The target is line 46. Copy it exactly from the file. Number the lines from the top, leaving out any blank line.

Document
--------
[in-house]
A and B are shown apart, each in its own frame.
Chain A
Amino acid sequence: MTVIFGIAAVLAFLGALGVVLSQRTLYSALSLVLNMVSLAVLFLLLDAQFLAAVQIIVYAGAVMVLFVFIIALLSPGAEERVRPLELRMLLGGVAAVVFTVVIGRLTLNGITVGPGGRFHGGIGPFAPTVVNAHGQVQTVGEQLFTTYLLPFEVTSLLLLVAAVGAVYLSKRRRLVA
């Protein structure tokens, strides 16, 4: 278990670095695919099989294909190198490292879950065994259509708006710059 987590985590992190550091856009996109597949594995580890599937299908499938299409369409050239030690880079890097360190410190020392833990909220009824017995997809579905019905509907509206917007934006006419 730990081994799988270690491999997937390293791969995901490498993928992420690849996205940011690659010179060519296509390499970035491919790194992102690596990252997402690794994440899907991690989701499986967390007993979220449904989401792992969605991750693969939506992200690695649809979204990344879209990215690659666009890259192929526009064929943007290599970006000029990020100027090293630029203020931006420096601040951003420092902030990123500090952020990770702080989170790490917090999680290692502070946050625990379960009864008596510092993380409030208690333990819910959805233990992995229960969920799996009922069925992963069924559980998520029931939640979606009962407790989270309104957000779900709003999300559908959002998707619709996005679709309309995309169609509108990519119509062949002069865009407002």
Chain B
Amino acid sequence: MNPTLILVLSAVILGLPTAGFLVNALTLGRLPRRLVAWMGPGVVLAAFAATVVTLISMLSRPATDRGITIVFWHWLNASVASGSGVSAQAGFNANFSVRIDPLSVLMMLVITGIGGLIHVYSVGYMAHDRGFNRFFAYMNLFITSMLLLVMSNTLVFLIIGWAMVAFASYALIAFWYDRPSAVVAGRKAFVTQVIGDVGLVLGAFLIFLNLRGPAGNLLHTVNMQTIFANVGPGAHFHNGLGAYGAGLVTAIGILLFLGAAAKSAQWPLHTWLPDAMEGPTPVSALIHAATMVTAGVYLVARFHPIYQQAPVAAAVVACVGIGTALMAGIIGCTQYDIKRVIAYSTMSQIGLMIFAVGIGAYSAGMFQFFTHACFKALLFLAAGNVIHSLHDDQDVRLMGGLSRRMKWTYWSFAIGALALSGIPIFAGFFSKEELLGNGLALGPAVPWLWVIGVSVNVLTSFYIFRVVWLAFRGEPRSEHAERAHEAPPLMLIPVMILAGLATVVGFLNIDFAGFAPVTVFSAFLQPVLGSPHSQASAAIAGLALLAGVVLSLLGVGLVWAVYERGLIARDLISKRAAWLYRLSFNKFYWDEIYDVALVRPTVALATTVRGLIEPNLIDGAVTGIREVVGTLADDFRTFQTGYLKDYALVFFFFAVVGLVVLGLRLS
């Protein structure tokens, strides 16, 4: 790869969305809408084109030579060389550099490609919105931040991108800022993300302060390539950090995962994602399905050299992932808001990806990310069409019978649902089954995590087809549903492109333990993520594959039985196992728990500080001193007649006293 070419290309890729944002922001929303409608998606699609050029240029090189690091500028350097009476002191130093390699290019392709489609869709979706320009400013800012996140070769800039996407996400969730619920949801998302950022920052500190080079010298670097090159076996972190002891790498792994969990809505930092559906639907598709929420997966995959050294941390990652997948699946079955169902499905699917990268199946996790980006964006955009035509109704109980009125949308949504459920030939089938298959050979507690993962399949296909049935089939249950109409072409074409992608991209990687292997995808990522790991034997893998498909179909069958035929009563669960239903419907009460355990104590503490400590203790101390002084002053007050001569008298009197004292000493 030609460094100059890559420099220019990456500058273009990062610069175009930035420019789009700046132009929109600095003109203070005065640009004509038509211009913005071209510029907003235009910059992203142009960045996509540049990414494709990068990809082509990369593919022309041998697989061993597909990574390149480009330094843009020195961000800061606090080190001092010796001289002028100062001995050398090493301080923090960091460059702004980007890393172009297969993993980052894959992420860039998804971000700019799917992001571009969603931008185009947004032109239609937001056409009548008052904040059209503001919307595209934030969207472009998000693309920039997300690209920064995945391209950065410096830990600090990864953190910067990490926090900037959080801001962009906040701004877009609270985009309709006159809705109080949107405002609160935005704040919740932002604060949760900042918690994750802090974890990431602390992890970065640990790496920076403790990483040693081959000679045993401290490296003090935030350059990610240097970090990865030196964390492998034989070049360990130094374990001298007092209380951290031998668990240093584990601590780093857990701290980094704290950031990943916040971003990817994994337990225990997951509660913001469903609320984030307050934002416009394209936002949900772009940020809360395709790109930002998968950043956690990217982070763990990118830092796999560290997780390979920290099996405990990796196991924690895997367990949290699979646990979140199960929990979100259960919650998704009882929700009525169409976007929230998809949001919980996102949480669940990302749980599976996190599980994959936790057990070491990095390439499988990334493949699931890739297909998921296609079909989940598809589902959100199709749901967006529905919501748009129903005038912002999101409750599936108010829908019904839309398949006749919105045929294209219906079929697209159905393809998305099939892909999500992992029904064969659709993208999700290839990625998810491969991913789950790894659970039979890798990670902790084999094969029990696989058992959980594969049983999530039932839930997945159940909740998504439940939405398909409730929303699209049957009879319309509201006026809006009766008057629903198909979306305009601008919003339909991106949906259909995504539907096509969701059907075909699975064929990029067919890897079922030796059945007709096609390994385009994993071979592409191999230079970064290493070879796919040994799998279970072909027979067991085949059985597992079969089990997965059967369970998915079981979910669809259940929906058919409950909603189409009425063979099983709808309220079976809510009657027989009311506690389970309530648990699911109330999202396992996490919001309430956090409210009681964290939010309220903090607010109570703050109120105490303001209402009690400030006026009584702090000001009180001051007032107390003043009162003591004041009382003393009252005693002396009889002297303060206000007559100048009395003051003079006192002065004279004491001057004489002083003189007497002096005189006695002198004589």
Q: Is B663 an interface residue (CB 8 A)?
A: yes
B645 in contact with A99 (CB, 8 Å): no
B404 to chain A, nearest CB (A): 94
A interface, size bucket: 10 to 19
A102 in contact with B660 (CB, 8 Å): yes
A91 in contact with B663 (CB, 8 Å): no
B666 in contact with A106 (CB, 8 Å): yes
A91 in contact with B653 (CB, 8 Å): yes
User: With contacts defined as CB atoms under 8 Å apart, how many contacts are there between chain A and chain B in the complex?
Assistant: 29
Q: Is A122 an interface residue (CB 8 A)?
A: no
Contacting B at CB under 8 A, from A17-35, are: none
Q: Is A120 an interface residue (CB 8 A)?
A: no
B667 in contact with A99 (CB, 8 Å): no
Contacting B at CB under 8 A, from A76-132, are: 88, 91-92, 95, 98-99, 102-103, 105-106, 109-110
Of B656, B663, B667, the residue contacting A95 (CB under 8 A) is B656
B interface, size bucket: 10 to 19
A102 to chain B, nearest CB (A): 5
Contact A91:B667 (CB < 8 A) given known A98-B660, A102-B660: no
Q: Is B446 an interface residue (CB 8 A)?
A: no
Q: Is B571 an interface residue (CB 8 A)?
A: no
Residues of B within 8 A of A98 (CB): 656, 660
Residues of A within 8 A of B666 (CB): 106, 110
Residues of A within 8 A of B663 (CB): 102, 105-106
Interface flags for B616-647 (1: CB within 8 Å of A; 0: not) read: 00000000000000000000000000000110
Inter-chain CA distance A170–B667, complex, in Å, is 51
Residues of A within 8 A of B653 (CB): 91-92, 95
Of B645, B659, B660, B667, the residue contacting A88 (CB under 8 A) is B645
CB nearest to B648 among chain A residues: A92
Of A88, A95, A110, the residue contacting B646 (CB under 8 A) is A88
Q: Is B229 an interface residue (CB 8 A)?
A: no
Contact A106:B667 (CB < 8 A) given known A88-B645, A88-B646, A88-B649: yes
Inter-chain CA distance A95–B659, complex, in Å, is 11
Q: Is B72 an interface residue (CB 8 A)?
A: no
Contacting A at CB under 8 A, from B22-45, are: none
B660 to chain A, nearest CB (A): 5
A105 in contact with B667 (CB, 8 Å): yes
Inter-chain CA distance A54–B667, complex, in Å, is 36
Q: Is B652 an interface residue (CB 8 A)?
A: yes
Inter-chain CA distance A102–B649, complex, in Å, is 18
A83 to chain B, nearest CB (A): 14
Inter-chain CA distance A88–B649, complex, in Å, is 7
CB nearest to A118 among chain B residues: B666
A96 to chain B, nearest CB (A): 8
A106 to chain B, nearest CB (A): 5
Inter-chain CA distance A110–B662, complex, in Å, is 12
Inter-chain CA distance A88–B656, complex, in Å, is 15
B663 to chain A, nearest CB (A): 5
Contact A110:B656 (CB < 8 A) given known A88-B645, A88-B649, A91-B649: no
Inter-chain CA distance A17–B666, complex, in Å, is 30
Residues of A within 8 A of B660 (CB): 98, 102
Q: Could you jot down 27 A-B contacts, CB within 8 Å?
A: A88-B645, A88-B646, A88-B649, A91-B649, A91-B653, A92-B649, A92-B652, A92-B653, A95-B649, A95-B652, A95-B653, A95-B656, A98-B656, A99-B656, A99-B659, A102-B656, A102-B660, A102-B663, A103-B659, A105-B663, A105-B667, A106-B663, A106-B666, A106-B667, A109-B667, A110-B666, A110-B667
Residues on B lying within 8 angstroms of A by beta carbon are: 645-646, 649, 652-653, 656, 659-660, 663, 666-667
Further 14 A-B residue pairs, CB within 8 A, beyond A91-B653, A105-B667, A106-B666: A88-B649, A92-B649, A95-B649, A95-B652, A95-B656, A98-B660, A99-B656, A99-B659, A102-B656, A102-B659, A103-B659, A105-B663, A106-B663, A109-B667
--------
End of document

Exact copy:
Contact A106:B667 (CB < 8 A) given known A88-B645, A88-B646, A88-B649: yes